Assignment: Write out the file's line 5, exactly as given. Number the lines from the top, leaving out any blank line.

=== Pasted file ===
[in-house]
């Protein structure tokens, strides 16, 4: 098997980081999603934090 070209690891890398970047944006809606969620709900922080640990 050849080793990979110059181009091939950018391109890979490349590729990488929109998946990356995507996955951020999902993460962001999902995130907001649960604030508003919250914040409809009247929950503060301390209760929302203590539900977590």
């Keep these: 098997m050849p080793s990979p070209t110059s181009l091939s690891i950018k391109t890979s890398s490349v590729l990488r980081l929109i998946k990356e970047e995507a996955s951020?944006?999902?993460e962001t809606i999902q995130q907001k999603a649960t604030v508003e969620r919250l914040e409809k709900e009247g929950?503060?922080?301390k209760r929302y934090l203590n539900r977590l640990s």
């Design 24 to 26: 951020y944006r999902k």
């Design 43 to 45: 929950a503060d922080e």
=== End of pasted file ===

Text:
């Design 43 to 45: 929950a503060d922080e």